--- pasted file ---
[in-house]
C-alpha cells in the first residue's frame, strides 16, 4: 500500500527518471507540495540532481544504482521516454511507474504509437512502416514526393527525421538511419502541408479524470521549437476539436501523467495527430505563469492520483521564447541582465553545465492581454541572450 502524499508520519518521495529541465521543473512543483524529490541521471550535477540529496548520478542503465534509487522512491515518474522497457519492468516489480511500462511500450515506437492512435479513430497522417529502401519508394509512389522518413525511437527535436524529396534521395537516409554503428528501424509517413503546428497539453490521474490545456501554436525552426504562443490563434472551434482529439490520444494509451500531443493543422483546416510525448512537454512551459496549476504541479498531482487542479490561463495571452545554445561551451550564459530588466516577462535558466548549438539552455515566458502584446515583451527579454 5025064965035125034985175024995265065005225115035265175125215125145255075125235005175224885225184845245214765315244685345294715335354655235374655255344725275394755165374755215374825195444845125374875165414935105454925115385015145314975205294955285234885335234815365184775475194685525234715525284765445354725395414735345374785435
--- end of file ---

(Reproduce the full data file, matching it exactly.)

[in-house]
C-alpha cells in the first residue's frame, strides 16, 4: 500500500527518471507540495540532481544504482521516454511507474504509437512502416514526393527525421538511419502541408479524470521549437476539436501523467495527430505563469492520483521564447541582465553545465492581454541572450 502524499508520519518521495529541465521543473512543483524529490541521471550535477540529496548520478542503465534509487522512491515518474522497457519492468516489480511500462511500450515506437492512435479513430497522417529502401519508394509512389522518413525511437527535436524529396534521395537516409554503428528501424509517413503546428497539453490521474490545456501554436525552426504562443490563434472551434482529439490520444494509451500531443493543422483546416510525448512537454512551459496549476504541479498531482487542479490561463495571452545554445561551451550564459530588466516577462535558466548549438539552455515566458502584446515583451527579454 5025064965035125034985175024995265065005225115035265175125215125145255075125235005175224885225184845245214765315244685345294715335354655235374655255344725275394755165374755215374825195444845125374875165414935105454925115385015145314975205294955285234885335234815365184775475194685525234715525284765445354725395414735345374785435